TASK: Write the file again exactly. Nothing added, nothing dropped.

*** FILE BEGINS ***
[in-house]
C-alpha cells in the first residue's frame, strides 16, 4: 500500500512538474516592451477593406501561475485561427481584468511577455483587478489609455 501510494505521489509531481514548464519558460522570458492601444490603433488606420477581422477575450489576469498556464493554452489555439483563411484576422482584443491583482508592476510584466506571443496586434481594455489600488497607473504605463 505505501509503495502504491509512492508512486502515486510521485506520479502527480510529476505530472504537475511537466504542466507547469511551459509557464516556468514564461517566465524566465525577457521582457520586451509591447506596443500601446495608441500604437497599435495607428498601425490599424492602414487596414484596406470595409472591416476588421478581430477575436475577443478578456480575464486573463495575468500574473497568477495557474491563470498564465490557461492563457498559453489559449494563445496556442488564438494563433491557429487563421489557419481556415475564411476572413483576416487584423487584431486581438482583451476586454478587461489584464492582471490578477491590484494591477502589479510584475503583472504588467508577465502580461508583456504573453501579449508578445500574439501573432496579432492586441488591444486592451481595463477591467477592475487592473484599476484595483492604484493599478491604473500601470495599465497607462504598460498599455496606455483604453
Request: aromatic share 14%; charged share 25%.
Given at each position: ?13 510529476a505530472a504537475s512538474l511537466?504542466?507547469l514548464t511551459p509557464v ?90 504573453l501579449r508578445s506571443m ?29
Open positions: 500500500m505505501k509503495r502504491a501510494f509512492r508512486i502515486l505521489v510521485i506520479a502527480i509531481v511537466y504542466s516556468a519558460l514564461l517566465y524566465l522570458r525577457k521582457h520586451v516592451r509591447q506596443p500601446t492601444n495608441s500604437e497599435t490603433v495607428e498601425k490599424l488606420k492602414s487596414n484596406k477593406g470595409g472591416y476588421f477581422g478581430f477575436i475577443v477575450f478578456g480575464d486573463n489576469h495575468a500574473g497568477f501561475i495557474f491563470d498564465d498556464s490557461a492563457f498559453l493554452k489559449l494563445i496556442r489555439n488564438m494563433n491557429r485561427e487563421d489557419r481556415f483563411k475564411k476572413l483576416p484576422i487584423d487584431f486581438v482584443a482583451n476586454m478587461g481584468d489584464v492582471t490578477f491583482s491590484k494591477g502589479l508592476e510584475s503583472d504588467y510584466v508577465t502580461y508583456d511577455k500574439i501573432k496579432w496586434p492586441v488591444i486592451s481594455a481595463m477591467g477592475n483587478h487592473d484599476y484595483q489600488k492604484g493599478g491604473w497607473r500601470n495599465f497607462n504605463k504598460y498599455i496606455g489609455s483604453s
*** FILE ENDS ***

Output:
[in-house]
C-alpha cells in the first residue's frame, strides 16, 4: 500500500512538474516592451477593406501561475485561427481584468511577455483587478489609455 501510494505521489509531481514548464519558460522570458492601444490603433488606420477581422477575450489576469498556464493554452489555439483563411484576422482584443491583482508592476510584466506571443496586434481594455489600488497607473504605463 505505501509503495502504491509512492508512486502515486510521485506520479502527480510529476505530472504537475511537466504542466507547469511551459509557464516556468514564461517566465524566465525577457521582457520586451509591447506596443500601446495608441500604437497599435495607428498601425490599424492602414487596414484596406470595409472591416476588421478581430477575436475577443478578456480575464486573463495575468500574473497568477495557474491563470498564465490557461492563457498559453489559449494563445496556442488564438494563433491557429487563421489557419481556415475564411476572413483576416487584423487584431486581438482583451476586454478587461489584464492582471490578477491590484494591477502589479510584475503583472504588467508577465502580461508583456504573453501579449508578445500574439501573432496579432492586441488591444486592451481595463477591467477592475487592473484599476484595483492604484493599478491604473500601470495599465497607462504598460498599455496606455483604453
Request: aromatic share 14%; charged share 25%.
Given at each position: ?13 510529476a505530472a504537475s512538474l511537466?504542466?507547469l514548464t511551459p509557464v ?90 504573453l501579449r508578445s506571443m ?29
Open positions: 500500500m505505501k509503495r502504491a501510494f509512492r508512486i502515486l505521489v510521485i506520479a502527480i509531481v511537466y504542466s516556468a519558460l514564461l517566465y524566465l522570458r525577457k521582457h520586451v516592451r509591447q506596443p500601446t492601444n495608441s500604437e497599435t490603433v495607428e498601425k490599424l488606420k492602414s487596414n484596406k477593406g470595409g472591416y476588421f477581422g478581430f477575436i475577443v477575450f478578456g480575464d486573463n489576469h495575468a500574473g497568477f501561475i495557474f491563470d498564465d498556464s490557461a492563457f498559453l493554452k489559449l494563445i496556442r489555439n488564438m494563433n491557429r485561427e487563421d489557419r481556415f483563411k475564411k476572413l483576416p484576422i487584423d487584431f486581438v482584443a482583451n476586454m478587461g481584468d489584464v492582471t490578477f491583482s491590484k494591477g502589479l508592476e510584475s503583472d504588467y510584466v508577465t502580461y508583456d511577455k500574439i501573432k496579432w496586434p492586441v488591444i486592451s481594455a481595463m477591467g477592475n483587478h487592473d484599476y484595483q489600488k492604484g493599478g491604473w497607473r500601470n495599465f497607462n504605463k504598460y498599455i496606455g489609455s483604453s